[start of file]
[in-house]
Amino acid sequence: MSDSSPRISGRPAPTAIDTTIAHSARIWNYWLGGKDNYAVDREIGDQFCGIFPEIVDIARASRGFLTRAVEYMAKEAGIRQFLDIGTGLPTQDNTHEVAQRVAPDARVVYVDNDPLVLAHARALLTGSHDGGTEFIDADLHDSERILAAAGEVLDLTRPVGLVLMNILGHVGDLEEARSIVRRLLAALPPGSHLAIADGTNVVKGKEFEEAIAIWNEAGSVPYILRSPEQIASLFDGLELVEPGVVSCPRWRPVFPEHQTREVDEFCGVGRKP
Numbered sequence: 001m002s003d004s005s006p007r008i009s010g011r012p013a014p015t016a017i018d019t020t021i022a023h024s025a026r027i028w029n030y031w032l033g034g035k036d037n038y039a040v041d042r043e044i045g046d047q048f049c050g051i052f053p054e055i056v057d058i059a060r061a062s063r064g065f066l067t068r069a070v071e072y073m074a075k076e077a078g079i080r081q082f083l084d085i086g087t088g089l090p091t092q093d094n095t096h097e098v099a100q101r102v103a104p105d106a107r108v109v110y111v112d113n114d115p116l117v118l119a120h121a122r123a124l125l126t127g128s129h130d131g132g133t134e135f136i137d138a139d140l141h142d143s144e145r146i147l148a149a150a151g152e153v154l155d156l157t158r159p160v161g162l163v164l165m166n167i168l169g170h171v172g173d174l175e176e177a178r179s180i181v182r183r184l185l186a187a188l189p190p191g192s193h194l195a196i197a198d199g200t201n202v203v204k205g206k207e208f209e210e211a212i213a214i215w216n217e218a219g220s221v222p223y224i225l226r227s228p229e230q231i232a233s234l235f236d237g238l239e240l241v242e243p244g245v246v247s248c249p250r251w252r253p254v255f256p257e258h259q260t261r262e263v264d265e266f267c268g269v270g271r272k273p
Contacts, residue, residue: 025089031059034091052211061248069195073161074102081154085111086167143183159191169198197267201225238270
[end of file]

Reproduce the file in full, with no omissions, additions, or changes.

[in-house]
Amino acid sequence: MSDSSPRISGRPAPTAIDTTIAHSARIWNYWLGGKDNYAVDREIGDQFCGIFPEIVDIARASRGFLTRAVEYMAKEAGIRQFLDIGTGLPTQDNTHEVAQRVAPDARVVYVDNDPLVLAHARALLTGSHDGGTEFIDADLHDSERILAAAGEVLDLTRPVGLVLMNILGHVGDLEEARSIVRRLLAALPPGSHLAIADGTNVVKGKEFEEAIAIWNEAGSVPYILRSPEQIASLFDGLELVEPGVVSCPRWRPVFPEHQTREVDEFCGVGRKP
Numbered sequence: 001m002s003d004s005s006p007r008i009s010g011r012p013a014p015t016a017i018d019t020t021i022a023h024s025a026r027i028w029n030y031w032l033g034g035k036d037n038y039a040v041d042r043e044i045g046d047q048f049c050g051i052f053p054e055i056v057d058i059a060r061a062s063r064g065f066l067t068r069a070v071e072y073m074a075k076e077a078g079i080r081q082f083l084d085i086g087t088g089l090p091t092q093d094n095t096h097e098v099a100q101r102v103a104p105d106a107r108v109v110y111v112d113n114d115p116l117v118l119a120h121a122r123a124l125l126t127g128s129h130d131g132g133t134e135f136i137d138a139d140l141h142d143s144e145r146i147l148a149a150a151g152e153v154l155d156l157t158r159p160v161g162l163v164l165m166n167i168l169g170h171v172g173d174l175e176e177a178r179s180i181v182r183r184l185l186a187a188l189p190p191g192s193h194l195a196i197a198d199g200t201n202v203v204k205g206k207e208f209e210e211a212i213a214i215w216n217e218a219g220s221v222p223y224i225l226r227s228p229e230q231i232a233s234l235f236d237g238l239e240l241v242e243p244g245v246v247s248c249p250r251w252r253p254v255f256p257e258h259q260t261r262e263v264d265e266f267c268g269v270g271r272k273p
Contacts, residue, residue: 025089031059034091052211061248069195073161074102081154085111086167143183159191169198197267201225238270